Some people may prefer granite over marble. Some like galley kitchens versus open concepts. If there is one thing we can all agree on when it comes to the kitchen, though, it's that pests and insects do not belong in there. "Eh, I don't mind all those ants in the pantry," said no home cook ever.
That's why we've been working on a bunch of stories to help you trap, outsmart, and even banish these creepy crawlies from the kitchen. And we've put them all in once place. Keep reading to learn how to handle six of the most common — and not fun! — problems.
Sanitation is the number-one way to reduce any kind of insect in the kitchen — especially flies. You're going to want to wipe down surfaces, empty your trash can, and maybe set up a fan or two.
Find out why you need a fan: 5 Easy Steps for Banishing Flies from the Kitchen
2. Fruit Flies
The best defense against fruit flies is to eliminate their food source. If you have produce that's getting a little soft, toss it or move it into the fridge. If your garbage can's attracting fruit flies, take it to the curb.
Read more: The Best Defense Against Fruit Flies
3. Grain Beetles
From their name, you might imagine that these tiny beetles like to live in containers of flour, cereal, or rice, and you'd be right. There are two main types of grain beetles, and luckily, the methods for getting rid of both are basically the same. The steps go something like this: Inspect the food in your cabinets, clean the cabinets themselves, and then put everything away properly.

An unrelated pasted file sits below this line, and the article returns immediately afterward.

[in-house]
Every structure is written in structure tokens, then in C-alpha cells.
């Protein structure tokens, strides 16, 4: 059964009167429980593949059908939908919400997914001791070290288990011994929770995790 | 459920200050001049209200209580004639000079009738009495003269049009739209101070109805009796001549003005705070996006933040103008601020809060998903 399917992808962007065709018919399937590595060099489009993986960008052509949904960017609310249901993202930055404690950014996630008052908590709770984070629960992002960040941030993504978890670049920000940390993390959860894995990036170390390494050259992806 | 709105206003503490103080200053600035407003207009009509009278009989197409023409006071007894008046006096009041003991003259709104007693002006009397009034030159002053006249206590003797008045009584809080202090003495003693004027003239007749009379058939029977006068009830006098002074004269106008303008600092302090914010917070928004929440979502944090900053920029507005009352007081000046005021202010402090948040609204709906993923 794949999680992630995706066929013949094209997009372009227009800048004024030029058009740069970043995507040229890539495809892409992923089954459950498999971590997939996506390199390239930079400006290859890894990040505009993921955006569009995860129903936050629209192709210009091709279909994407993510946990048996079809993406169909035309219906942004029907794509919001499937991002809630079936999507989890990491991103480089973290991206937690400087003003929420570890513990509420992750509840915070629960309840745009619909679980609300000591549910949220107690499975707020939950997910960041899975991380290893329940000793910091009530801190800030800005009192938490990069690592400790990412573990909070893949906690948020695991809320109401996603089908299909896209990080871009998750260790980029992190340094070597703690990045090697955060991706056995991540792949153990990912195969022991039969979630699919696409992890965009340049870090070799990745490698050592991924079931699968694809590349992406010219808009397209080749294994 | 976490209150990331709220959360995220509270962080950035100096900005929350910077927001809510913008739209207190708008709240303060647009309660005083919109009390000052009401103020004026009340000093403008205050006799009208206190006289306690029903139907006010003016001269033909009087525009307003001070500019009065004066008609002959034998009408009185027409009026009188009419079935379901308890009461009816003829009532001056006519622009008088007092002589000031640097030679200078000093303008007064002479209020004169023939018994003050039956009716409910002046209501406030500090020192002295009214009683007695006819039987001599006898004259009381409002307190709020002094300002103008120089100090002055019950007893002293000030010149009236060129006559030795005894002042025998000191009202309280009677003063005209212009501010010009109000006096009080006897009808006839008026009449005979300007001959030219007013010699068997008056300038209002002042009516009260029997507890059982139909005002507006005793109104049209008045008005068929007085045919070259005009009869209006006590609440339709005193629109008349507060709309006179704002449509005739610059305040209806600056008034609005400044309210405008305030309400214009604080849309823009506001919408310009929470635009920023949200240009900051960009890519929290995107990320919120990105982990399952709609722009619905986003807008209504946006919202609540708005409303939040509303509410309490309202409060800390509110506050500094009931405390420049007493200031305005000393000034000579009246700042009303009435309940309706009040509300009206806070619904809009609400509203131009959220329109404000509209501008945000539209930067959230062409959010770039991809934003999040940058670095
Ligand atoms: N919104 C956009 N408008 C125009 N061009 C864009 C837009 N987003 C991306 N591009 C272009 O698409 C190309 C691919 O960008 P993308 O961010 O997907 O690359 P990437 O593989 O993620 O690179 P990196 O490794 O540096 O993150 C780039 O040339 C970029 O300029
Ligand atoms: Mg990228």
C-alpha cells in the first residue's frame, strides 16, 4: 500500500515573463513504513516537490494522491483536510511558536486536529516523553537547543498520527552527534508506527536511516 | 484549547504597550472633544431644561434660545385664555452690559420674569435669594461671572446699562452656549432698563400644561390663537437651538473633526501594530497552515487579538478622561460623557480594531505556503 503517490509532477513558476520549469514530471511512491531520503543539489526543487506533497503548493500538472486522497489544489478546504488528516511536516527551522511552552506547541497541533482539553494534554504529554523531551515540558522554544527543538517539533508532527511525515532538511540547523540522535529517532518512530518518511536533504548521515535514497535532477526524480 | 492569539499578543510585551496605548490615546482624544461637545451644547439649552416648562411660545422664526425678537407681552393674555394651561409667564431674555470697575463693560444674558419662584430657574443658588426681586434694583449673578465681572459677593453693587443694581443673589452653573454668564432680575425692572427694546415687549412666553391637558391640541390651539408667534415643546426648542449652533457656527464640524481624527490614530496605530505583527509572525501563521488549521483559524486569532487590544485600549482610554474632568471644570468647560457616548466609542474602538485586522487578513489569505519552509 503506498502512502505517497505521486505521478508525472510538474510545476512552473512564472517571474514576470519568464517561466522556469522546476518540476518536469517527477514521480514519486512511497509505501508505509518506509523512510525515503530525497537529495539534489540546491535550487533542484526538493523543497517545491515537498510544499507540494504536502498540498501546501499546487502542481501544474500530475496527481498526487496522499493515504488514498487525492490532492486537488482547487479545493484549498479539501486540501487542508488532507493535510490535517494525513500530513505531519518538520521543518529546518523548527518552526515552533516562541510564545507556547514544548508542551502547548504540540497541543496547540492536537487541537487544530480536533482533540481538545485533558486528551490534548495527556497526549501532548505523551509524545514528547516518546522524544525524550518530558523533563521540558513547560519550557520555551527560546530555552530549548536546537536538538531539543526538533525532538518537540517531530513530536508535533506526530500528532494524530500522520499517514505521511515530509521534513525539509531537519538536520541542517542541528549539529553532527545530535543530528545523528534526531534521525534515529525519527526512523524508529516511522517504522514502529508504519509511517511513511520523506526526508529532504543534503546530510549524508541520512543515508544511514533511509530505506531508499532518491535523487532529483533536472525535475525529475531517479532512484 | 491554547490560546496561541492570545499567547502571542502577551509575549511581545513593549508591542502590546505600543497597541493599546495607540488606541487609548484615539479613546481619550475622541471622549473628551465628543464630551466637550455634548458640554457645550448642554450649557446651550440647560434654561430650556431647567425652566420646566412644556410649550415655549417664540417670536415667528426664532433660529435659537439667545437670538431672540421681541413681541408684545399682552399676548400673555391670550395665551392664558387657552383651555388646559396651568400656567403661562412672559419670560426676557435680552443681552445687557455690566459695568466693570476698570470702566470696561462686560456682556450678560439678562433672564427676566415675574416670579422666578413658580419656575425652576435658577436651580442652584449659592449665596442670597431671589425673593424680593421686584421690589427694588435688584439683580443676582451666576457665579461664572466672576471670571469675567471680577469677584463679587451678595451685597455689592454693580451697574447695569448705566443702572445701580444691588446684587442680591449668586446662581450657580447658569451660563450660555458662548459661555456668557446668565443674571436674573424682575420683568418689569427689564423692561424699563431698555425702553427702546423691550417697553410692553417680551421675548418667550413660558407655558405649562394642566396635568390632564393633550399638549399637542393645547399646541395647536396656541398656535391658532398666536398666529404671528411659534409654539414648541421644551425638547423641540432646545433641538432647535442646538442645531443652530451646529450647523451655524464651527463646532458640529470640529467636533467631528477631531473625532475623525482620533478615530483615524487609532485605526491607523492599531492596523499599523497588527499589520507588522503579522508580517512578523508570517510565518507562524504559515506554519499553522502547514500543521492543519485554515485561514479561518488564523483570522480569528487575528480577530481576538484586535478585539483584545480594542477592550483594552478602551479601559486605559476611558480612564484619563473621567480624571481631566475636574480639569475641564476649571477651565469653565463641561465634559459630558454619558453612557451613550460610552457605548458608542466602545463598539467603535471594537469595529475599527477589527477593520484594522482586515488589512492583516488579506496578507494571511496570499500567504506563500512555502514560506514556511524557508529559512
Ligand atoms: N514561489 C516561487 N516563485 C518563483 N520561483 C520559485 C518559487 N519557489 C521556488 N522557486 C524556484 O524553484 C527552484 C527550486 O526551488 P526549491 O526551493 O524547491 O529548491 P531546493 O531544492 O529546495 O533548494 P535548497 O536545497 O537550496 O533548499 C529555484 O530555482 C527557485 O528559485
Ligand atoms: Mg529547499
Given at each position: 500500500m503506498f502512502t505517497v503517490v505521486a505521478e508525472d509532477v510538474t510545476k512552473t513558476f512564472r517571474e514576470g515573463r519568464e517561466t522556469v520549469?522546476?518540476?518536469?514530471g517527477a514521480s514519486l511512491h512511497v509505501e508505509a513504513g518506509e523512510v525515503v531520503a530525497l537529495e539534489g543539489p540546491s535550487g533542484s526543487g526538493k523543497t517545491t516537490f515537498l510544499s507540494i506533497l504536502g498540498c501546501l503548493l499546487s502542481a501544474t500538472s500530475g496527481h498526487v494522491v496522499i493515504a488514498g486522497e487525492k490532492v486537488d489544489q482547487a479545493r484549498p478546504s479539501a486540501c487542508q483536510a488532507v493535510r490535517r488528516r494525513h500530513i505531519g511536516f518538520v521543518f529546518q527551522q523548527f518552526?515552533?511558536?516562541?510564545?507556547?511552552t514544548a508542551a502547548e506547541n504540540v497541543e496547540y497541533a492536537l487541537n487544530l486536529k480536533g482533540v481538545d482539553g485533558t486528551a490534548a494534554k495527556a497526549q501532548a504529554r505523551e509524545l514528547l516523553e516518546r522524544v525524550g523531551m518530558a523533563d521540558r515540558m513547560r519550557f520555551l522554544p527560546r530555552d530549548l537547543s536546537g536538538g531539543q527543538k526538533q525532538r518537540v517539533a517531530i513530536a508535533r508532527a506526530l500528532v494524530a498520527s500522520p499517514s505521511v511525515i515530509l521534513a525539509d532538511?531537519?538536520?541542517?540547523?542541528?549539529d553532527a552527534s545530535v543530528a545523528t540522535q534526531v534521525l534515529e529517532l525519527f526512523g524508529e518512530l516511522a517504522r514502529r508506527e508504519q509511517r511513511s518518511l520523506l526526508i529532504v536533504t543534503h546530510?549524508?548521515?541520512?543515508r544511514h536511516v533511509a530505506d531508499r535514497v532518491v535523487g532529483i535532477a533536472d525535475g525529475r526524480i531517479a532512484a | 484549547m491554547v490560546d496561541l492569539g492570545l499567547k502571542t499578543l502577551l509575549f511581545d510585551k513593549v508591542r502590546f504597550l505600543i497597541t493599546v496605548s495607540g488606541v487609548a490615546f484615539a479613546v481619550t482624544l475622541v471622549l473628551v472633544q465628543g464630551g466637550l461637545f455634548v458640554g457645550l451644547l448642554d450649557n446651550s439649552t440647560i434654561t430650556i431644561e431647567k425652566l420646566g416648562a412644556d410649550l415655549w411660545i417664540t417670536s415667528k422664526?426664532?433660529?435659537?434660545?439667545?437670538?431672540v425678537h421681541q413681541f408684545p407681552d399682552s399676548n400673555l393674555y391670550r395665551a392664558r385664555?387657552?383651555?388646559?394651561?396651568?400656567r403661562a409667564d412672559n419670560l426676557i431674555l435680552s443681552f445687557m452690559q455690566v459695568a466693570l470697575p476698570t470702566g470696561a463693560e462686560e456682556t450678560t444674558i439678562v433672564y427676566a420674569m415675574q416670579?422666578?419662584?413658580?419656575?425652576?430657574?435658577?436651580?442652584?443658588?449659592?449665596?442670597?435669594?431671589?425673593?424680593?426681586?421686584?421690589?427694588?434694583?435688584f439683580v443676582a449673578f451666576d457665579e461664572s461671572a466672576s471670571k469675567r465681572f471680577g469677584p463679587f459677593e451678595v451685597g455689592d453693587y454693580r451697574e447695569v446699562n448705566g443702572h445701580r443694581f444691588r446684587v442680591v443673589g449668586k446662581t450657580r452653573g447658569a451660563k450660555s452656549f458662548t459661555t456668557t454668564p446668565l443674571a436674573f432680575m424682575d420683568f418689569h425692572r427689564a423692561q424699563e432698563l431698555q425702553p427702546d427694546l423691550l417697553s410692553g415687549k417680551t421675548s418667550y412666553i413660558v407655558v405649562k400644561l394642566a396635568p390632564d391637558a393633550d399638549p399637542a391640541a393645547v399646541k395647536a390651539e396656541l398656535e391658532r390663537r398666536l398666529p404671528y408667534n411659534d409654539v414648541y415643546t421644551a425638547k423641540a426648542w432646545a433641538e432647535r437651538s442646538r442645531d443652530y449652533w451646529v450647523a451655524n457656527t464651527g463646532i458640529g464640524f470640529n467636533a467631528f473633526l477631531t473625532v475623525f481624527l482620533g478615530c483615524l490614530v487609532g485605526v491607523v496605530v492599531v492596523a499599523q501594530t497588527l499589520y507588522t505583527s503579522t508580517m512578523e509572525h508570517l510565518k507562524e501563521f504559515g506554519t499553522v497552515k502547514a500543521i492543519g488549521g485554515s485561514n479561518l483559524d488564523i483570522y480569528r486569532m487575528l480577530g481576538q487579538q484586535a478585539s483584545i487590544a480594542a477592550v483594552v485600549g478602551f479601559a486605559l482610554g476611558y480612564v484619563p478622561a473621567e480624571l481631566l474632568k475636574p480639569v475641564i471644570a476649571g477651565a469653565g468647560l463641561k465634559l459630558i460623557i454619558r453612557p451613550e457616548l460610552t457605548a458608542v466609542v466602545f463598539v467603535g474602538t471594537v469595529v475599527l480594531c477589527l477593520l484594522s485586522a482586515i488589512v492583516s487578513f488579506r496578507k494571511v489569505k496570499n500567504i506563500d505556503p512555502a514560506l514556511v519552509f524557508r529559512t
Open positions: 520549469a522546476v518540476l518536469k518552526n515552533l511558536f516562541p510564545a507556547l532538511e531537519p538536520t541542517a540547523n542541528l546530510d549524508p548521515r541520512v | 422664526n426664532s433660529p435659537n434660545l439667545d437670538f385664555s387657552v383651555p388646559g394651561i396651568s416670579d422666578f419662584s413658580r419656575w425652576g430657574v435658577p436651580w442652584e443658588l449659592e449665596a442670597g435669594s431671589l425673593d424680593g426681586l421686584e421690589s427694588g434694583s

See the steps: Do You Have Grain Beetles Hiding in Your Pantry?
If you have one mouse, you really have more than one (sorry!). To gain access into your home, mice can fit through holes the size of a dime. This usually happens around October through February, when mice are looking for warmer climates, but there are some things you can do to prepare. Fill any holes leading to your house from the outside, and stock up on snap traps — they're the most effective, according to our friends at the National Pest Management Association.
More on snap traps: 5 Things to Know About Mice in the Kitchen
5. Palmetto Bugs
"The American cockroach remains active year-round where the temperature is 70°F or higher," says Michael Bentley, an entomologist with the National Pest Management Association. So right about now ... if you see one (or many!), you have to act fast.
Here's what you need to know and do: 5 Things to Know About Palmetto Bugs
"Ants are the most commonly reported pest in the country," says Bentley. They're especially going to be more active this year because we had an unseasonably warm and mild winter followed by a warm and mild spring. To eliminate them, your best bet is to find the source or their point of entry. Just follow the trail.
And keep reading: 5 Things to Know About Ants in the Kitchen
Have you had to deal with any pests or insects lately? Tell us in the comments what happened.